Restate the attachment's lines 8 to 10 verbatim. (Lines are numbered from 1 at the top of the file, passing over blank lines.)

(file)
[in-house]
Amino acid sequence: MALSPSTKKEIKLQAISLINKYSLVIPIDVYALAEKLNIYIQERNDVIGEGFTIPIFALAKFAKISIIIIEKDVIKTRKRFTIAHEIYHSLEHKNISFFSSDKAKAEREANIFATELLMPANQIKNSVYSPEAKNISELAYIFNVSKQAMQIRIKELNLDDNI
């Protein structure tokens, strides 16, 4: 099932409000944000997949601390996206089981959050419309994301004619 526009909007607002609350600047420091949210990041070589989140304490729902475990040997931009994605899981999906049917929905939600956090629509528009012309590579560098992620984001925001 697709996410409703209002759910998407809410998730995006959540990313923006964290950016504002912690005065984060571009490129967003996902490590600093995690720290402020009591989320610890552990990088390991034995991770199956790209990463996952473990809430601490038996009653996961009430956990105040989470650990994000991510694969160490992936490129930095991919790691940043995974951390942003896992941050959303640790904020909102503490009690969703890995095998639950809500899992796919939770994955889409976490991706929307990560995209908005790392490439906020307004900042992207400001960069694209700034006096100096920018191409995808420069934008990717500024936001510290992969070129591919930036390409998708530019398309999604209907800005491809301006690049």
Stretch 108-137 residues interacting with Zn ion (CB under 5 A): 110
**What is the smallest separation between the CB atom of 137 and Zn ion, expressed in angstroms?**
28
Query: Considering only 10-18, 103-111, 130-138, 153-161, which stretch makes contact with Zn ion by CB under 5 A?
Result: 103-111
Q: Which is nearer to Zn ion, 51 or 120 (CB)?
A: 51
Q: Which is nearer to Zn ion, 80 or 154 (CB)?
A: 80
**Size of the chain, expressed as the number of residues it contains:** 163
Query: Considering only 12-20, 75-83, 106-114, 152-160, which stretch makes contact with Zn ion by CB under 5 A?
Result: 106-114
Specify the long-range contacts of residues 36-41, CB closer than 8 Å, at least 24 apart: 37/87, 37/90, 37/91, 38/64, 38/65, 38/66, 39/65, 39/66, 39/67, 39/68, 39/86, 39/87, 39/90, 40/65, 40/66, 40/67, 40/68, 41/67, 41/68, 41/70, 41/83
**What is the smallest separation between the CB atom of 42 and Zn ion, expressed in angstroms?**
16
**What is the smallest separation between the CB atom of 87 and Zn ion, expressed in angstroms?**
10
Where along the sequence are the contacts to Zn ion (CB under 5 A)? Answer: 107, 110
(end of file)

Result: 103-111
Q: Which is nearer to Zn ion, 51 or 120 (CB)?
A: 51